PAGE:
US 5421428 A
The invention is a ladder guard which prevents unauthorized access to a ladder. Preventing injury to children is a primary goal of the invention. The ladder guard has a top and a bottom hook extending from two metal sheets. The hooks can be adjusted to go between two to four ladder rungs, thus preventing use of the covered rungs. The top and bottom hooks are adjustable to fit any size rungs. The metal sheets may be locked to prevent removal. A tool tray is also mountable when the ladder is in use. The invention works with all known ladders. It is, therefore, a removable universal fitting ladder guard.
1. A ladder guard to prevent persons from climbing a ladder having a plurality of rungs, said ladder having an outside used for climbing and an inside facing the structure climbed, comprising:
a top sheet having a tongue extending upward and bent inward to form a top hook for an upper rung;
a bottom sheet having a lower edge which further comprises a tongue extending upward and bent inward to form a bottom hook for a lower rung;
a top and bottom sheet attachment means, wherein said sheets are slidably engaged against one another whereby said attachment means can be secured allowing said top hook and said bottom hook to securely engage the upper and lower rungs of said ladder, preventing climbing of said ladder;
fastening means on said top sheet and on said bottom sheet; and
a tool tray attached to said fastening means.
2. The ladder guard of claim 1 wherein said slidable top and bottom attachment means further comprises a slot in said top sheet and said bottom sheet and a connecting bolt therebetween.
3. The ladder guard of claim 1, wherein said top and bottom sheets further comprise locking means to prevent removal of said ladder guard from said ladder.
4. The ladder guard of claim 3 wherein said locking means further comprises a hole in said top sheet, a hole in said bottom sheet, and a padlock therebetween.
5. The ladder guard of claim 1 wherein:
said top hook further comprises an angled plate slidably fastened to said tongue of said top sheet; and
said bottom hook further comprises an angled plate slidably fastened to said tongue of said bottom sheet.
6. A ladder guard for a ladder, comprising:
said ladder having a vertically arranged plurality of horizontal rungs, and having an outer climbing side and an inner side;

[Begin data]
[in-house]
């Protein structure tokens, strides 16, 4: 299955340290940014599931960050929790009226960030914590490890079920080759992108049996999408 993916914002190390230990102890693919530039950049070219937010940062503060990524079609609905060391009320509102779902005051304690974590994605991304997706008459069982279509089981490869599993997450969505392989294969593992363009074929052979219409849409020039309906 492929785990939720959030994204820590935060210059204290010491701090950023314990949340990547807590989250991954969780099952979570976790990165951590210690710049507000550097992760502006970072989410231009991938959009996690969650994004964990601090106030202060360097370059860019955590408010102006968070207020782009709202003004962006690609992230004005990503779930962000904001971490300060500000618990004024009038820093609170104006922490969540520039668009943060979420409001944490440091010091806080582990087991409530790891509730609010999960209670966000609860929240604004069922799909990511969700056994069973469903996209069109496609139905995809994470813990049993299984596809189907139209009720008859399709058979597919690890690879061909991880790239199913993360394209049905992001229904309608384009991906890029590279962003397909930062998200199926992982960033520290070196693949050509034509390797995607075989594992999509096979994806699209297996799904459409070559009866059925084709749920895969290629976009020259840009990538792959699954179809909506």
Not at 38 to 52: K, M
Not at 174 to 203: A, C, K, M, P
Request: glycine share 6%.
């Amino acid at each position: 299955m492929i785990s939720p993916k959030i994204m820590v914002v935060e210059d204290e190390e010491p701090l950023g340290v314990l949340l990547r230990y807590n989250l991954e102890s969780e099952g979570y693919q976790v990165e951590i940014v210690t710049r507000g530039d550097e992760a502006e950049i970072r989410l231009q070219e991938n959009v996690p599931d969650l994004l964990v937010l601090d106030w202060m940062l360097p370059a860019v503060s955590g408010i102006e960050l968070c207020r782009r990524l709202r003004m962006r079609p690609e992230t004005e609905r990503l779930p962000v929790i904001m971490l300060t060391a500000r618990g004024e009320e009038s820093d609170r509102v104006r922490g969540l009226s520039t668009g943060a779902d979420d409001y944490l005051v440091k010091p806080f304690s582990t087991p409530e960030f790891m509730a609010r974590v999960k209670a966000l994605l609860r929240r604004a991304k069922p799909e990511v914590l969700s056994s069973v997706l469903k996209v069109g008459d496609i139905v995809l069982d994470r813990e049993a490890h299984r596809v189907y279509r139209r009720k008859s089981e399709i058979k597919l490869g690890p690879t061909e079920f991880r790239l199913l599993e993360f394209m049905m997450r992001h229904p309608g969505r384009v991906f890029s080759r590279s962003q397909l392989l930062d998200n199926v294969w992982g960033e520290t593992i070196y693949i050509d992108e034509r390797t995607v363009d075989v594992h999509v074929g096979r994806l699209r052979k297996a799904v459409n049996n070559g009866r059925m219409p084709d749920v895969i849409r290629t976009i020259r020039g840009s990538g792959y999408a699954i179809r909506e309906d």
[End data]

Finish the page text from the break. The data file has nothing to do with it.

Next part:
a first rung blocking panel;
a second rung blocking panel;
vertical positioning means between said first and second rung blocking panels;
said vertical positioning means further comprising fastening means;
said first rung blocking panel further comprising an upper tongue which forms a hook means for an upper rung;
a lower edge of said second rung blocking panel further comprising a lower tongue which forms a hook means for a lower rung, whereby hooking said first hook means to an upper rung and hooking said second hook means to a lower rung and securing the fastening means affixes the ladder guard on the ladder, functioning to prevent climbing the ladder by blocking access to at least the lower rung; and
a tool tray, functioning to hold tools for a ladder user, removably attached to said ladder guard.
7. The ladder guard of claim 6, wherein said vertical positioning means further comprises interlocking hole means.
8. The ladder guard of claim 7, wherein said interlocking hole means further comprises slots and rod means.
9. The ladder guard of claim 8, wherein said rod means further comprises a bolt and a nut, said bolt going through said slots, and said nut tightenably fastened to said bolt.
10. The ladder guard of claim 6, wherein said upper and lower tongue means each further comprise an angled plate slidably mounted thereto.
The present invention relates to ladder locking devices for ladders on motor homes, campers, vans, boats, construction sites, in schools, storage tanks, television and radio towers, tall buildings, silos, swimming pools, and other locations.
It is often desirable to be able to prevent climbing access to ladders. This is especially true where ladders present an attractive nuisance to children, and where ladders provide ready access to vehicles, buildings, or towers. A child can be injured while climbing any ladder. There is a need for some type of ladder guard for preventing unauthorized use of ladders. The prior art includes several ladder guards.
In U.S. Pat. No. 2,880,829 (1959) Watkins discloses a shield used to cover the horizontal cross bars of a triangular tower. The triangular shield is self supported by a hook on its upper end that slips over a horizontal cross bar, thus suspending the device over a number of cross bars to effectively prevent ascension of the tower. Watkins' shield is only suited to triangular towers.